Keep Confrontational Language Out of Critical Conversations - dummies

Keep Confrontational Language Out of Critical Conversations

By Christina Tangora Schlachter

When confrontational language is used during a critical conversation, the conversation spirals out of control. Confrontational language in a critical conversation blocks each party from listening to the other’s interests and needs. The focus becomes protecting or standing your ground rather than finding a common and agreeable ground.

Confrontational language is often emotionally charged or even defensive, and lets the other parties in the conversation know that you’re not there to help build relationships and create something better; you’re there to win.

Here’s an example of a critical conversation that starts as a simple misunderstanding between two peers about who was responsible for doing a final review of a proposal document before it went to a customer. Notice how one piece of confrontational language can belly flop an entire conversation.

Erin: “Julian, I’m not sure if you knew this, but the final proposal that went to the client didn’t include all the answers we had developed. What were you thinking?”

Julian: “What do you mean, ‘What was I thinking?’ I’ve been at this company 15 years, and in all my life I’ve never seen such a mess. The lawyers changed the meaning of all our responses in the document. It wasn’t my fault. It was their fault. You really need to tone down your attitude and stop accusing me of things.”

Erin: “Attitude? I don’t care how long you’ve been at this company; if you read the proposal before it went out to the customer, this wouldn’t have happened.”

Julian: “It isn’t my job to proofread what the lawyers said.”

The goal of the conversation was to find out what happened to the document, where the process broke down, and perhaps even solve the problem. All Julian heard was that she was wrong (“What were you thinking?”), and so the conversation tumbled downward from the beginning.

So what language triggers a confrontational response?

Spotting Confrontational Language (And Turning It Around)
Confrontational Triggers Examples Why It’s Confrontational Better Alternatives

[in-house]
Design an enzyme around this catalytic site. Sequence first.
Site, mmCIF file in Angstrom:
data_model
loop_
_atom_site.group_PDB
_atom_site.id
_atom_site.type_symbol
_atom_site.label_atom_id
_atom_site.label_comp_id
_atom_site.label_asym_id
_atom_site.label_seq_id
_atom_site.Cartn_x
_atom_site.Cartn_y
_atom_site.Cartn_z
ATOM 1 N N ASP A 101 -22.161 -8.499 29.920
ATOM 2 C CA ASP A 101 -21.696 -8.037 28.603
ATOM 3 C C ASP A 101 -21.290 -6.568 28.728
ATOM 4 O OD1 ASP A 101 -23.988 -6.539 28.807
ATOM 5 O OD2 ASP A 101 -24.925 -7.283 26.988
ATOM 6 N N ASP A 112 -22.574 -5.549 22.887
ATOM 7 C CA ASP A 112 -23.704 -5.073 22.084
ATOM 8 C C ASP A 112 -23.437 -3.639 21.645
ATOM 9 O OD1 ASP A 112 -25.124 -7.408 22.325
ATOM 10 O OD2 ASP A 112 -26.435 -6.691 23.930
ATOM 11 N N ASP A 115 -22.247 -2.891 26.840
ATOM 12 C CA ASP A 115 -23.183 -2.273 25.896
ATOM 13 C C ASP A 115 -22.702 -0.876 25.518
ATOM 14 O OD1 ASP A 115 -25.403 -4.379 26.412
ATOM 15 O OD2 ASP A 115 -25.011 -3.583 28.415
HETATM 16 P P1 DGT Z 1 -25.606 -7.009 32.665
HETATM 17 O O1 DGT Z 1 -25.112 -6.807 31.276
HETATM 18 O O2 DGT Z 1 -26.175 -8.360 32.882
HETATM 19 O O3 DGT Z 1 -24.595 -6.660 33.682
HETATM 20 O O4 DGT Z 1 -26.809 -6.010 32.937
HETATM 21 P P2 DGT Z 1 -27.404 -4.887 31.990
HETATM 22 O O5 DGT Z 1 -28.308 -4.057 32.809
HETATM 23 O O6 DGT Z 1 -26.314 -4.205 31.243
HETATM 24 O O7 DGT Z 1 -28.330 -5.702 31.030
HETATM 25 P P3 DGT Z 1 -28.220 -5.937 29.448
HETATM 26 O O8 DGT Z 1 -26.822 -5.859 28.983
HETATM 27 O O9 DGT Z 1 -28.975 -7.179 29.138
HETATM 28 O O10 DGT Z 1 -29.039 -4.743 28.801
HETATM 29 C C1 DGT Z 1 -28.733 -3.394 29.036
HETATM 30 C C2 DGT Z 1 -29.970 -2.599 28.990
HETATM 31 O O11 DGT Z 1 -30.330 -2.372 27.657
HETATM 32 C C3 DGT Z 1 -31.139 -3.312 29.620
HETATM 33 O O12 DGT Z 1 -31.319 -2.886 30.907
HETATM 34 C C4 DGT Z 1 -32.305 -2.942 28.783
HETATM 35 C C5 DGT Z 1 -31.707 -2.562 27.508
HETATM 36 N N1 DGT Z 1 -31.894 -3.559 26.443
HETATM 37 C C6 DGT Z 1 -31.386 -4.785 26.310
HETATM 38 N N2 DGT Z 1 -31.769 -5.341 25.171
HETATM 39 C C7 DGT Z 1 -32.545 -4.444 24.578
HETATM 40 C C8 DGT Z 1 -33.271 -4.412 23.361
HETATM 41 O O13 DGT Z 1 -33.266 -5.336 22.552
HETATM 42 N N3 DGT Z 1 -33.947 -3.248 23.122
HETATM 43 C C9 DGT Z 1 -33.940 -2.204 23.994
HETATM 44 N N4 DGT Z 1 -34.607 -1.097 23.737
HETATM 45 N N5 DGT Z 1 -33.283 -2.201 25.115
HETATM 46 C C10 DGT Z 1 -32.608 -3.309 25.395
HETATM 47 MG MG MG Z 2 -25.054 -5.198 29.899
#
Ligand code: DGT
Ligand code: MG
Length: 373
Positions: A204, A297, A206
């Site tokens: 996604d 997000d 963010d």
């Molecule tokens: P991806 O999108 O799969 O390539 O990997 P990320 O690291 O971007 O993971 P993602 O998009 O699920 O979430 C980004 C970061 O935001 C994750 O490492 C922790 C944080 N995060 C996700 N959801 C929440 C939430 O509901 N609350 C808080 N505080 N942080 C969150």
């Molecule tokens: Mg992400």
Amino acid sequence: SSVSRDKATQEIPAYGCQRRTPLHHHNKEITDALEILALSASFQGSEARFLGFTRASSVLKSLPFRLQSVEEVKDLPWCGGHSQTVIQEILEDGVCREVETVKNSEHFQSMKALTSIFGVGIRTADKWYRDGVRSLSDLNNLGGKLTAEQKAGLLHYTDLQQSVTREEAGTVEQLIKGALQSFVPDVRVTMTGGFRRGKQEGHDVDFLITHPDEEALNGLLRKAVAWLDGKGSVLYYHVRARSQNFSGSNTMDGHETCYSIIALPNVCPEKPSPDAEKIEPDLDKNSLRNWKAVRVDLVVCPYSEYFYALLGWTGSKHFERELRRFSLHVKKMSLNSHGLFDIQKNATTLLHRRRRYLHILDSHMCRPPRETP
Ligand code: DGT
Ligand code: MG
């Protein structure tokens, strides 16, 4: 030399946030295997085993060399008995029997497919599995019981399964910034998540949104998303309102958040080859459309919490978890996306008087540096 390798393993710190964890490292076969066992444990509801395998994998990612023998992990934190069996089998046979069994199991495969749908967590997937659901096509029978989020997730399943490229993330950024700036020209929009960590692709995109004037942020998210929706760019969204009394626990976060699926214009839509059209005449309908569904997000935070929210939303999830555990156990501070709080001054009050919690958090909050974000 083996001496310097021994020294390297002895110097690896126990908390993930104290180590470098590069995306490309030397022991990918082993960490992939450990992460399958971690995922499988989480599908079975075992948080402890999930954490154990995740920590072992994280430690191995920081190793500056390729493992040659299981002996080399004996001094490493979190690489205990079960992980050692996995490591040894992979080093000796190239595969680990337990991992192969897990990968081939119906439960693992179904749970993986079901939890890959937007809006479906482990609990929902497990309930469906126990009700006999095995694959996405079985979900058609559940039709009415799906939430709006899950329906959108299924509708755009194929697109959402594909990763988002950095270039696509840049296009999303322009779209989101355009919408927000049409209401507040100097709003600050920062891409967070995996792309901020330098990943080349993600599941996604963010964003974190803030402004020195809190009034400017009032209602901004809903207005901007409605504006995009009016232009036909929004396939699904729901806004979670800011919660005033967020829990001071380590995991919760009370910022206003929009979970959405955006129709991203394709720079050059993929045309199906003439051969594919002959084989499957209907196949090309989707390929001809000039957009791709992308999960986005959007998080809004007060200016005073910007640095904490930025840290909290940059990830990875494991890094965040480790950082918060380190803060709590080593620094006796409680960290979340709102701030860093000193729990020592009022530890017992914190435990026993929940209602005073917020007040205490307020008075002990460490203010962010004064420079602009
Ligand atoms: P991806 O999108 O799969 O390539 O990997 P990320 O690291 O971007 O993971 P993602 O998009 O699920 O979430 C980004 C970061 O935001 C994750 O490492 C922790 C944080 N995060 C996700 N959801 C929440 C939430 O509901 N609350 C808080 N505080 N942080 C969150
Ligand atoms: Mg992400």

One individual or party thinks she’s unconditionally
“What were you thinking?”
“If you read . . .”
Because one individual thinks she’s right, that person is
unwilling to consider other opinions, ideas, or positions.
“Are you willing to work together and explore other ideas
that may work?”
A lot of blame “What were you thinking?” Because the individual believes she’s right, the only
solution is for the other party to agree. This ultimatum leaves
little room for finding a common ground in a solution all parties
can agree to work with in the future.
“Let’s focus on the solution. What can we do to
avoid the situation from happening again?”
Attacks “Fine, talk with my supervisor.”
“I don’t care.”
“You’re wrong.”
Confrontational language that’s emotionally charged puts
people on the defensive and shuts down collaboration, period.
“I want to resolve the issue, but if you do want to talk
with my supervisor, I can help you do that.”
“I may not agree with your actions, but let’s talk about
how we can create a positive solution.”
Absolutes (“always” and “never”) “We always do it this way.”
“You never show up to work.”
Saying something always happens or never happens leaves no room
for discussion or interpretation. It is better to state a fact in
place of absolutes.
“That’s different from how I usually solve this
“Based on this week’s time report, I noticed that you
didn’t come into work all week.”

In the previous example, Erin and Julian are going back and forth with negative force in the conversation. The conversation goes in a completely different (and better) direction when Erin starts the discussion like this:

Erin: “Hi, Julian. We just sent out that proposal to the client, and the final version wasn’t the same version we created last week. Can we sit down and find out how we can correct it?”

Julian: “Yes. Let’s sit down and find out how we can fix it.”

Erin may also choose to use an “I” statement, like “The proposal just went to the client, and after it was sent, I noticed it wasn’t the same version we created last week. Can we sit down and find out how we can correct it?”

Unless Julian saw Erin rewrite the proposal and press send, blaming her for the error is not only premature, but also does nothing to correct the situation now or in the future.

In almost all critical conversations, what’s done is done — the parties can’t go back in history to redo the events. Instead, you should try to cCreate an open and honest environment to help direct the future rather than try to find out who should be blamed.

The good news is that even if one individual begins to use confrontational language, the other individual can respond in an equal but more positive manner. You can turn confrontational language into accommodating words that get results.